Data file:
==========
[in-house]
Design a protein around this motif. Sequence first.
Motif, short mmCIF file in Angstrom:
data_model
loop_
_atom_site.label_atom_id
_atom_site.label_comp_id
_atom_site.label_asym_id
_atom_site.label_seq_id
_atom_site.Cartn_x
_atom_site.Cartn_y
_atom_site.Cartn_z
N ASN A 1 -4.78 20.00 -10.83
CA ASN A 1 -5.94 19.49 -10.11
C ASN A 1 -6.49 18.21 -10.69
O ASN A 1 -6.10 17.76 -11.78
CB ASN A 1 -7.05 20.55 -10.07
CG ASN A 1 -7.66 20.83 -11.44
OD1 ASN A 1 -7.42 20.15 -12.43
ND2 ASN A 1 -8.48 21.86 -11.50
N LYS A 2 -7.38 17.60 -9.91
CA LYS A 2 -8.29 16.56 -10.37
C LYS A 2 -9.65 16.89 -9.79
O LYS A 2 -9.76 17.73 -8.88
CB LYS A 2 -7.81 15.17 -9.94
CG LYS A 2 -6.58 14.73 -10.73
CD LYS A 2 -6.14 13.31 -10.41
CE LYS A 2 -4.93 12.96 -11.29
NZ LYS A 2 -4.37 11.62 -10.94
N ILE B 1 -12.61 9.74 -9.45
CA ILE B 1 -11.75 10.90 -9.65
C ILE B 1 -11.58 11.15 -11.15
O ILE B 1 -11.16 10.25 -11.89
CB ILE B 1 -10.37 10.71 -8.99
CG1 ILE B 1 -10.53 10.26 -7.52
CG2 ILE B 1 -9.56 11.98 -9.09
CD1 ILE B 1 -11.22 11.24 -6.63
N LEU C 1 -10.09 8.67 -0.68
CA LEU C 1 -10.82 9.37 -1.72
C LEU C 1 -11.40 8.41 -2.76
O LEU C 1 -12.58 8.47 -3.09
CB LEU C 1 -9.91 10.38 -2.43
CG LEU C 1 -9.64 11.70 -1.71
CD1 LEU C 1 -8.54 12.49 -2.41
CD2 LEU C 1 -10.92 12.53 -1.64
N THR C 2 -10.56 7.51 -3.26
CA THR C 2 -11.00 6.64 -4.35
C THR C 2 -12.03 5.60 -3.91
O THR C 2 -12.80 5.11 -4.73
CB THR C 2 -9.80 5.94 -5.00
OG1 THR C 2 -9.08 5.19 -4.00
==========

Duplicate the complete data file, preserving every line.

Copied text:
[in-house]
Design a protein around this motif. Sequence first.
Motif, short mmCIF file in Angstrom:
data_model
loop_
_atom_site.label_atom_id
_atom_site.label_comp_id
_atom_site.label_asym_id
_atom_site.label_seq_id
_atom_site.Cartn_x
_atom_site.Cartn_y
_atom_site.Cartn_z
N ASN A 1 -4.78 20.00 -10.83
CA ASN A 1 -5.94 19.49 -10.11
C ASN A 1 -6.49 18.21 -10.69
O ASN A 1 -6.10 17.76 -11.78
CB ASN A 1 -7.05 20.55 -10.07
CG ASN A 1 -7.66 20.83 -11.44
OD1 ASN A 1 -7.42 20.15 -12.43
ND2 ASN A 1 -8.48 21.86 -11.50
N LYS A 2 -7.38 17.60 -9.91
CA LYS A 2 -8.29 16.56 -10.37
C LYS A 2 -9.65 16.89 -9.79
O LYS A 2 -9.76 17.73 -8.88
CB LYS A 2 -7.81 15.17 -9.94
CG LYS A 2 -6.58 14.73 -10.73
CD LYS A 2 -6.14 13.31 -10.41
CE LYS A 2 -4.93 12.96 -11.29
NZ LYS A 2 -4.37 11.62 -10.94
N ILE B 1 -12.61 9.74 -9.45
CA ILE B 1 -11.75 10.90 -9.65
C ILE B 1 -11.58 11.15 -11.15
O ILE B 1 -11.16 10.25 -11.89
CB ILE B 1 -10.37 10.71 -8.99
CG1 ILE B 1 -10.53 10.26 -7.52
CG2 ILE B 1 -9.56 11.98 -9.09
CD1 ILE B 1 -11.22 11.24 -6.63
N LEU C 1 -10.09 8.67 -0.68
CA LEU C 1 -10.82 9.37 -1.72
C LEU C 1 -11.40 8.41 -2.76
O LEU C 1 -12.58 8.47 -3.09
CB LEU C 1 -9.91 10.38 -2.43
CG LEU C 1 -9.64 11.70 -1.71
CD1 LEU C 1 -8.54 12.49 -2.41
CD2 LEU C 1 -10.92 12.53 -1.64
N THR C 2 -10.56 7.51 -3.26
CA THR C 2 -11.00 6.64 -4.35
C THR C 2 -12.03 5.60 -3.91
O THR C 2 -12.80 5.11 -4.73
CB THR C 2 -9.80 5.94 -5.00
OG1 THR C 2 -9.08 5.19 -4.00